2005 Salt Lake City Annual Meeting (October 16–19, 2005)

Paper No. 11
Presentation Time: 4:40 PM


WATKINS, Conor and ROGERS, J. David, Dept. of Geological Sciences And Engineering, University of Missouri - Rolla, 129 McNutt Hall, 1870 Miner Circle, Rolla, MO 65409, cwatkin@umr.edu

The Grand Canyon (GC) Region of the Colorado Plateau contains numerous examples of composite megalandslides with basal sliding zones developed in the overconsolidated (OC) Bright Angel (Cba)and Chinle Formations. Larger slides displace over 600 m of strata. Although these slides are mapped and noted in literature, past analysis has lacked sufficient detail to fully explain their likely genesis.

Finite element models (FEM) have been employed by others, and suggest that a southerly regional dip between Deer and Havasupai Creeks might explain asymmetric cliff retreat along the Colorado River. This work didn't attempt to explain landsliding throughout the GC. A landslide at RM 205 on river left is the largest yet identified in GC. It appears to be structurally controlled by the Granite Park Fault and had a volume of ~2 billion m3 at failure. Variables, such as dip of strata with respect to canyon alignment, faults, perched water, springs/seeps, variability within formational units, and the regional joints appear to play a role in triggering the slides. Most landslides appear to be Pleistocene age or earlier. Other variables, such as a wetter paleoclimate or seismicity, may have contributed to their instability. We are collecting data over a wide area and noting the above-cited variables at locations with and without deep-seated landslides.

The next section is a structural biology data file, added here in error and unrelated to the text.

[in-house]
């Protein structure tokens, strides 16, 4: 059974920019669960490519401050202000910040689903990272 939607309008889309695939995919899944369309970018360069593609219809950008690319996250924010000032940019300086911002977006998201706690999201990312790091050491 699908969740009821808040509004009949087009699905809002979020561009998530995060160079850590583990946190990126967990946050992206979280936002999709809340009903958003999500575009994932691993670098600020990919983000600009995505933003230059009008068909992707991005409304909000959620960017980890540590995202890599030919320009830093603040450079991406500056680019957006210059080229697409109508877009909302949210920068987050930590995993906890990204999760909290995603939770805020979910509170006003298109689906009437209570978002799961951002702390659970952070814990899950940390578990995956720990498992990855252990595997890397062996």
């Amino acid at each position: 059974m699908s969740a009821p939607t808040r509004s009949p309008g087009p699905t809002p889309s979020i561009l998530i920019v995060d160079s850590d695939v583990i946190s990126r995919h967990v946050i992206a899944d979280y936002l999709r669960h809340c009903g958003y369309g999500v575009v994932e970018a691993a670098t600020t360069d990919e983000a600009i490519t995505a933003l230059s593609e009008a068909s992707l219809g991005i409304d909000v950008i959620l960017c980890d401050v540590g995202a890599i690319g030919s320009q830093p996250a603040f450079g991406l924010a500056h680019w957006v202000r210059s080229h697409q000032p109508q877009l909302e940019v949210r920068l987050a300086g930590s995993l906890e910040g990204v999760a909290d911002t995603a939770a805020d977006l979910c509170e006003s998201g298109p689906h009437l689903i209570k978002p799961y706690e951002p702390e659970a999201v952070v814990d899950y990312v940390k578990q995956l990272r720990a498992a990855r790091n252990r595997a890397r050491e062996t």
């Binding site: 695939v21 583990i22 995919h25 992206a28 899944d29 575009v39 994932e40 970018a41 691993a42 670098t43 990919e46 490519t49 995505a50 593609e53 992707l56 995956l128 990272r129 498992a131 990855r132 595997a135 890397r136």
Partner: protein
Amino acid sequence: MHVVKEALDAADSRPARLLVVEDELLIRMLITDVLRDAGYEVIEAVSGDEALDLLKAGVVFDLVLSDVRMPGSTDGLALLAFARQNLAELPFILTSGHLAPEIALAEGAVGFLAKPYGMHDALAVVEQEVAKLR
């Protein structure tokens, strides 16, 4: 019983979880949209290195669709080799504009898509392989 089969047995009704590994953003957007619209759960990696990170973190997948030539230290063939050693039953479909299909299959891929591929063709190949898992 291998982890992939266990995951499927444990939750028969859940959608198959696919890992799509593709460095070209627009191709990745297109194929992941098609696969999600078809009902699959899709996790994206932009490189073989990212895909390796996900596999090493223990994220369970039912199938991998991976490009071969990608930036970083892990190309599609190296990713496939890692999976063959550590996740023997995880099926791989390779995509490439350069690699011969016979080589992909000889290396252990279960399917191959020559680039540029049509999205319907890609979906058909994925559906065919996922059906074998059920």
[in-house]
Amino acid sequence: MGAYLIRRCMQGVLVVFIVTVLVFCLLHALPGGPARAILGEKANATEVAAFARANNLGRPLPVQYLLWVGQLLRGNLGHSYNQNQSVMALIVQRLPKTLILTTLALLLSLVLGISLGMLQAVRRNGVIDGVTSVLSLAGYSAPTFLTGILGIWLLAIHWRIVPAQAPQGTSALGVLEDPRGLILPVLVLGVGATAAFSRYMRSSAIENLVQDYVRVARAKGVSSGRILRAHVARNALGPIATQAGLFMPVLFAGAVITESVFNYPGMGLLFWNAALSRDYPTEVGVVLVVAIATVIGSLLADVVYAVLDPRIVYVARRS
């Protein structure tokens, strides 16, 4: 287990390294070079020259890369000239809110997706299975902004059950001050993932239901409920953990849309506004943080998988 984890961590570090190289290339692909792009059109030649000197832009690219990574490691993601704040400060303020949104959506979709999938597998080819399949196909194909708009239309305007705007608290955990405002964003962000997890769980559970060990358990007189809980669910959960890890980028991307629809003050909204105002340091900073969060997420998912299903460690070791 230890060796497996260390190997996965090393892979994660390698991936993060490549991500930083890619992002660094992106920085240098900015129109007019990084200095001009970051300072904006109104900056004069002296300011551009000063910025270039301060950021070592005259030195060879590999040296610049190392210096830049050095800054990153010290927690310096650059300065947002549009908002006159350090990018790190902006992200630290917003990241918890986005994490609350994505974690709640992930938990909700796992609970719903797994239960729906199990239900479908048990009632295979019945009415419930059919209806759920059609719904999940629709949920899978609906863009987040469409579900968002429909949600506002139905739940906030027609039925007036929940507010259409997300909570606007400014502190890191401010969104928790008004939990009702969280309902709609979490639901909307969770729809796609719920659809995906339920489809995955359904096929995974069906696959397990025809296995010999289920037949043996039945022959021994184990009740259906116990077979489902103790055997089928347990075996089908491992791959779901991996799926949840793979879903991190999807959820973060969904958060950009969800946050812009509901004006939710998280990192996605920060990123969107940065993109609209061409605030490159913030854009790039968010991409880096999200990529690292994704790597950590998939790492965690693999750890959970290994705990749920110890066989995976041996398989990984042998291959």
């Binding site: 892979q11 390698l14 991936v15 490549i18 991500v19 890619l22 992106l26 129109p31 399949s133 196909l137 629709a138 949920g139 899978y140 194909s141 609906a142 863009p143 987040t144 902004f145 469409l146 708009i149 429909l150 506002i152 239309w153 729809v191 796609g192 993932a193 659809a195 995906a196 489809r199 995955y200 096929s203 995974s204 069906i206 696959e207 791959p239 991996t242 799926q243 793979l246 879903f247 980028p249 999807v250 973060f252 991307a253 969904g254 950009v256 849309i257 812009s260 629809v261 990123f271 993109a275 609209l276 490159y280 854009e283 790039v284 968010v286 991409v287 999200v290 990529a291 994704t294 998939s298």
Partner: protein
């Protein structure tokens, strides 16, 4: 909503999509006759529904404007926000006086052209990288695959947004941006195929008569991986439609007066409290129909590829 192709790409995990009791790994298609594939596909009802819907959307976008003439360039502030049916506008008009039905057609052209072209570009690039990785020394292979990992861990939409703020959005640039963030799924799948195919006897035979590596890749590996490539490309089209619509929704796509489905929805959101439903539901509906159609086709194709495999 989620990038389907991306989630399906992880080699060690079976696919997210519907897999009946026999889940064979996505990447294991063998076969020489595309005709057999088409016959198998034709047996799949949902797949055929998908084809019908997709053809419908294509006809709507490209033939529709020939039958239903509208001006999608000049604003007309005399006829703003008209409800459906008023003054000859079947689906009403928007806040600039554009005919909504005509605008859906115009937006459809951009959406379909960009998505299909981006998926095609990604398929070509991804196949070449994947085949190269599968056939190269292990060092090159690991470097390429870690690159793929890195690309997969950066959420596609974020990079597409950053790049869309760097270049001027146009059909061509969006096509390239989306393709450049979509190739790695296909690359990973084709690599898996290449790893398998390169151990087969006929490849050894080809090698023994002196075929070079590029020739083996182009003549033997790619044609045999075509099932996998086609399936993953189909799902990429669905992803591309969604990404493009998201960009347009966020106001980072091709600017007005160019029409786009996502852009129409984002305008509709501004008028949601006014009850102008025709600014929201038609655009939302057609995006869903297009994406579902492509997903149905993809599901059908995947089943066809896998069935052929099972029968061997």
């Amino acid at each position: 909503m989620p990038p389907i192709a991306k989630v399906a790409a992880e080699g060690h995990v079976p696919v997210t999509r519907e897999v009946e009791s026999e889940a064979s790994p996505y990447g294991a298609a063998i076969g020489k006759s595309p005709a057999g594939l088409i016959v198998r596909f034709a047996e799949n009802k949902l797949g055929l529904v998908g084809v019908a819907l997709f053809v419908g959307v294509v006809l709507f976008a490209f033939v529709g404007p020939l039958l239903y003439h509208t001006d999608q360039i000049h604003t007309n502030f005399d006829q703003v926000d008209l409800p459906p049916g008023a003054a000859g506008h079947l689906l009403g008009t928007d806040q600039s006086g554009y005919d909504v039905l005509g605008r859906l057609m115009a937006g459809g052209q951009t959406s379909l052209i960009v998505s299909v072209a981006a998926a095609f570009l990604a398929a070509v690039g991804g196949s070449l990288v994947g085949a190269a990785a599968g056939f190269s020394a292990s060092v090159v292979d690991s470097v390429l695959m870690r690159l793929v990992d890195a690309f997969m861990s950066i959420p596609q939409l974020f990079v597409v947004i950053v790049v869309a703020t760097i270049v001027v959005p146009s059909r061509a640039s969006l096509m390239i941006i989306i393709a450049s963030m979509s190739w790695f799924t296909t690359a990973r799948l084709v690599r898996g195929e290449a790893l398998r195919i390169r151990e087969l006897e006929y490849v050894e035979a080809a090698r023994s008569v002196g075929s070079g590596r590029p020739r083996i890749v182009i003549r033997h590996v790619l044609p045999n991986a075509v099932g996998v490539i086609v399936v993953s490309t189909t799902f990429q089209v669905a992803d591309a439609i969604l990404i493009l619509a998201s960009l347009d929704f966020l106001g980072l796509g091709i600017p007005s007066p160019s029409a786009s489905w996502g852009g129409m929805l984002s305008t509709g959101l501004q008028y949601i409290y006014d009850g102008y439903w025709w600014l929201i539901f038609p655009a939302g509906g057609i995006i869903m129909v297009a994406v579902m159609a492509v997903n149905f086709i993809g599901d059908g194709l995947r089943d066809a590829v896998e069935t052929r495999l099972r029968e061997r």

Conventional limit equilibrium analyses are unreliable in terrains of large scale and extreme topographic relief. Megalandslides generally undergo progressive failure due to strain softening which initiates at the toe of the slope and progresses upslope until a critical threshold is reached whereby the entire mass translates downslope. Landslides in OC shales experience about 1.5% strain before macro rupture occurs. We plan to use FEM to examine triggering mechanisms of these slides and finite difference and discontinuous deformation analyses to analyze the slides after the basal slip surfaces propagate and plastic deformation takes over.

A prominent incipient landslide with basal rupture flooring in the Cba has been mapped in Peach Springs Canyon. This block has dropped 15 to 20 m and a circular headscarp separation has developed (mapped as a fault), indicating motion shy of macro rupture. Understanding this feature may aid researchers in studying the triggering mechanisms responsible for megalandslides in the region.